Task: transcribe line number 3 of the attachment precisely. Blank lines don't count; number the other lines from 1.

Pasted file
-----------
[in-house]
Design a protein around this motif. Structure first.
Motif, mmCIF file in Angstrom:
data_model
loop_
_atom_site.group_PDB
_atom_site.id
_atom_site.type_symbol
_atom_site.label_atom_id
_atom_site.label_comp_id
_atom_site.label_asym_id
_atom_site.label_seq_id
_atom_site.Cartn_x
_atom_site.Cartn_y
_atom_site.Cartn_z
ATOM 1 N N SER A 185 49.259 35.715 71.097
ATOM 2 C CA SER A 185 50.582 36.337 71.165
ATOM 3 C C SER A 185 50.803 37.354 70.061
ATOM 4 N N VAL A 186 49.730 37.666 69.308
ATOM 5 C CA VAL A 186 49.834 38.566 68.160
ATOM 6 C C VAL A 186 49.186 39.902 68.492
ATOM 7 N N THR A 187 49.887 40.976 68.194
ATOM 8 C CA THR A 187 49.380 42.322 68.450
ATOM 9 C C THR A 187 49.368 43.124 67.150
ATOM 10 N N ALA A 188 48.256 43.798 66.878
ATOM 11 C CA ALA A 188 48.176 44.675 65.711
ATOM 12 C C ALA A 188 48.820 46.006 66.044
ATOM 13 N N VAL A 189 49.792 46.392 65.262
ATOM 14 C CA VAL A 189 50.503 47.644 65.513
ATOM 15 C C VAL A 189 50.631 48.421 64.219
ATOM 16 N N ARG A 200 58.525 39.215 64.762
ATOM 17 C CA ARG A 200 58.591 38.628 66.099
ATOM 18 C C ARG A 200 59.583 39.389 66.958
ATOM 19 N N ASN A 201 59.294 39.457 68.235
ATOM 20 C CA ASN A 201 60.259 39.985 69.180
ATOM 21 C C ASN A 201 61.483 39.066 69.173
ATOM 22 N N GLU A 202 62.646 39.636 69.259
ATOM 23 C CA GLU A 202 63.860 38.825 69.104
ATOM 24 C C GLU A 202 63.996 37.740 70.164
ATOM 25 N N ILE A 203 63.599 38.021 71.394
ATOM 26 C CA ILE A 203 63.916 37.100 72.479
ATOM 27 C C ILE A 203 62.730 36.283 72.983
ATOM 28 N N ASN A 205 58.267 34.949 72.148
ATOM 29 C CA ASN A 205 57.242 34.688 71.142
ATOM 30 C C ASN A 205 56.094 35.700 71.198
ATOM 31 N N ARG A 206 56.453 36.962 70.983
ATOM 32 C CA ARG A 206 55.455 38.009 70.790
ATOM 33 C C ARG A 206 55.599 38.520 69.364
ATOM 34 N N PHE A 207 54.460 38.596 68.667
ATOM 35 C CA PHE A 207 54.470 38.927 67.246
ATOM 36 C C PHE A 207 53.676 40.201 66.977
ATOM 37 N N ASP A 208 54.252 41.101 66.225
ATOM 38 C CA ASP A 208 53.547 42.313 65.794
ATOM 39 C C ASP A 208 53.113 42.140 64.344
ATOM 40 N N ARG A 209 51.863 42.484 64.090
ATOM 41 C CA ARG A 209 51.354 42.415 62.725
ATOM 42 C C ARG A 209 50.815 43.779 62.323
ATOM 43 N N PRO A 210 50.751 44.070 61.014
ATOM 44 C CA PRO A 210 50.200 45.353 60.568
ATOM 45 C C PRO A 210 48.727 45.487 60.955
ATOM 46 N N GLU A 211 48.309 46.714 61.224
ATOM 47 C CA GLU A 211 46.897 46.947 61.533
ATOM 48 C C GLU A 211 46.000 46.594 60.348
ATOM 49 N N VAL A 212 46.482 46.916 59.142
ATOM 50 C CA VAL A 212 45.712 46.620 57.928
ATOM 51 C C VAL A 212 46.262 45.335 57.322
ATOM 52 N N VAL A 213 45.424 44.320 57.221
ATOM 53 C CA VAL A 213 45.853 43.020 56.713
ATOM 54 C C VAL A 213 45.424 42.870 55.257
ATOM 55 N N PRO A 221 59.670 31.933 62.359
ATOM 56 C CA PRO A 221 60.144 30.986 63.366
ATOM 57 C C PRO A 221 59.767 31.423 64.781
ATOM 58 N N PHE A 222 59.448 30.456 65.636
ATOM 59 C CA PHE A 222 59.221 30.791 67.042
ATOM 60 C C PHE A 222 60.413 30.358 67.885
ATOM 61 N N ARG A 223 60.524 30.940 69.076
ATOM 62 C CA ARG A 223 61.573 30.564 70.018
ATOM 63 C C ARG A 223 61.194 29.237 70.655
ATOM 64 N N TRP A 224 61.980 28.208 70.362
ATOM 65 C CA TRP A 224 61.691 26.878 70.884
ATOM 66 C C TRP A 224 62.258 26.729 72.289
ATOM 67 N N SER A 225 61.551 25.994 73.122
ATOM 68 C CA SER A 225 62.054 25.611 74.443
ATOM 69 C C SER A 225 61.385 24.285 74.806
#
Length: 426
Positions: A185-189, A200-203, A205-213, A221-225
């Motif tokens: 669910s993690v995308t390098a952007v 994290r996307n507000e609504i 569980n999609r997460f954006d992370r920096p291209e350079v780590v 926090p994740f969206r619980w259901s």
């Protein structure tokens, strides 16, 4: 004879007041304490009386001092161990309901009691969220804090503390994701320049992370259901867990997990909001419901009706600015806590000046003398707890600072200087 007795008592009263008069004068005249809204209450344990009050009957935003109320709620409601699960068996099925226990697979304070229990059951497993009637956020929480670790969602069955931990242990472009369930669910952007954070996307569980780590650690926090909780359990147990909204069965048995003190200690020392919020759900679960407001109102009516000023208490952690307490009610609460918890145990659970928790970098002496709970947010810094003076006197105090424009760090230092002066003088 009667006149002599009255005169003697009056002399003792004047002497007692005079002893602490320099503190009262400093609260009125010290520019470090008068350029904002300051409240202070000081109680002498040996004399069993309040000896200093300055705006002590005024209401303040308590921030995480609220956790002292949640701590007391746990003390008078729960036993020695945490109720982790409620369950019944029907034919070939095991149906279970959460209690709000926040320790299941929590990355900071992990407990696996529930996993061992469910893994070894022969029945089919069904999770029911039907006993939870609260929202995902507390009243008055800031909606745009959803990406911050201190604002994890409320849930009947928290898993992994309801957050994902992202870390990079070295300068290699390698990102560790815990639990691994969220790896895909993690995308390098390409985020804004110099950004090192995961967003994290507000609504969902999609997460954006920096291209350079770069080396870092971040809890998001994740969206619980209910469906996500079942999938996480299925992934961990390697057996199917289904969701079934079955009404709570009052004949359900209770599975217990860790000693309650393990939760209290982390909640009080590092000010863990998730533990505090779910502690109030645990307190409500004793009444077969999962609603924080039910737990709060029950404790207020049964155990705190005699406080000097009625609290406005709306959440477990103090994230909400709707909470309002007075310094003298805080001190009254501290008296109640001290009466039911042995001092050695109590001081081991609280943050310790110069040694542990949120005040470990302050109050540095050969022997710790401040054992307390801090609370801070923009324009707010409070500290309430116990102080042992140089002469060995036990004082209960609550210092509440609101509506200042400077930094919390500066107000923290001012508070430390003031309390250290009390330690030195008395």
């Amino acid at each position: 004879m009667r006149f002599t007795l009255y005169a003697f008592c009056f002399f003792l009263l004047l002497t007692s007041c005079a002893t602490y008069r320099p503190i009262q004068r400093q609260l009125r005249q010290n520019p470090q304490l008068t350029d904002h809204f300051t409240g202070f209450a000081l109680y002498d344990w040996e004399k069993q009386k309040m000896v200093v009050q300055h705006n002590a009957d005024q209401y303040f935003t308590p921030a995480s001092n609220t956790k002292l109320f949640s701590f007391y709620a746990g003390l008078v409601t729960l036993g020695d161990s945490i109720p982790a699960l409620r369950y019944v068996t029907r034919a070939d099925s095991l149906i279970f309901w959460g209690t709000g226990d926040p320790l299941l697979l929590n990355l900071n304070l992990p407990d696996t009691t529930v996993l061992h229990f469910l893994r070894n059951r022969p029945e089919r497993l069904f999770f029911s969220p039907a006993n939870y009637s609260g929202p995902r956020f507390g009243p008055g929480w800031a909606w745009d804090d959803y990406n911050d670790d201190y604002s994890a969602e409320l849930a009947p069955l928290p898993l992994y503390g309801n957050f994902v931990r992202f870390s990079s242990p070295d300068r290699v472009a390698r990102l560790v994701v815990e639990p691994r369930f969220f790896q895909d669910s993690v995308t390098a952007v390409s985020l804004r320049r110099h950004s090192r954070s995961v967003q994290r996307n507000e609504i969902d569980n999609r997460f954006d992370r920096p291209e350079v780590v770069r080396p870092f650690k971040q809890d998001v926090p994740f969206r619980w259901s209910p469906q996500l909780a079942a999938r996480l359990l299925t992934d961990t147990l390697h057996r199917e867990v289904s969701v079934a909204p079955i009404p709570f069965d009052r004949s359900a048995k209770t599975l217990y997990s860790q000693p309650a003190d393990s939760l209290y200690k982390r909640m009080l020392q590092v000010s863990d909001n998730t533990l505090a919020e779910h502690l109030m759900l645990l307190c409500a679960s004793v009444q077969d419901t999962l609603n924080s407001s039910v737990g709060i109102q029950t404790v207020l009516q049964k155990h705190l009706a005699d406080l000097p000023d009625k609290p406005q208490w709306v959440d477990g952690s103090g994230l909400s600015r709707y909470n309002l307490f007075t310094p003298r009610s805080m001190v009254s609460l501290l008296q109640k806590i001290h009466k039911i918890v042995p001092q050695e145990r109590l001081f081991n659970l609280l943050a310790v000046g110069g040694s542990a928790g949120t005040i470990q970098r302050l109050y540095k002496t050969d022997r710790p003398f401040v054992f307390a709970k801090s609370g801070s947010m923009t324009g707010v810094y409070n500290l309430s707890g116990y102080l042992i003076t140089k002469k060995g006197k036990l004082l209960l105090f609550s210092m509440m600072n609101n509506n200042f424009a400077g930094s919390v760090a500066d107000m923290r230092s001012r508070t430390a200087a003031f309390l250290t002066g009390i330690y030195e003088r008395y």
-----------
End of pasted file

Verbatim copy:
Motif, mmCIF file in Angstrom: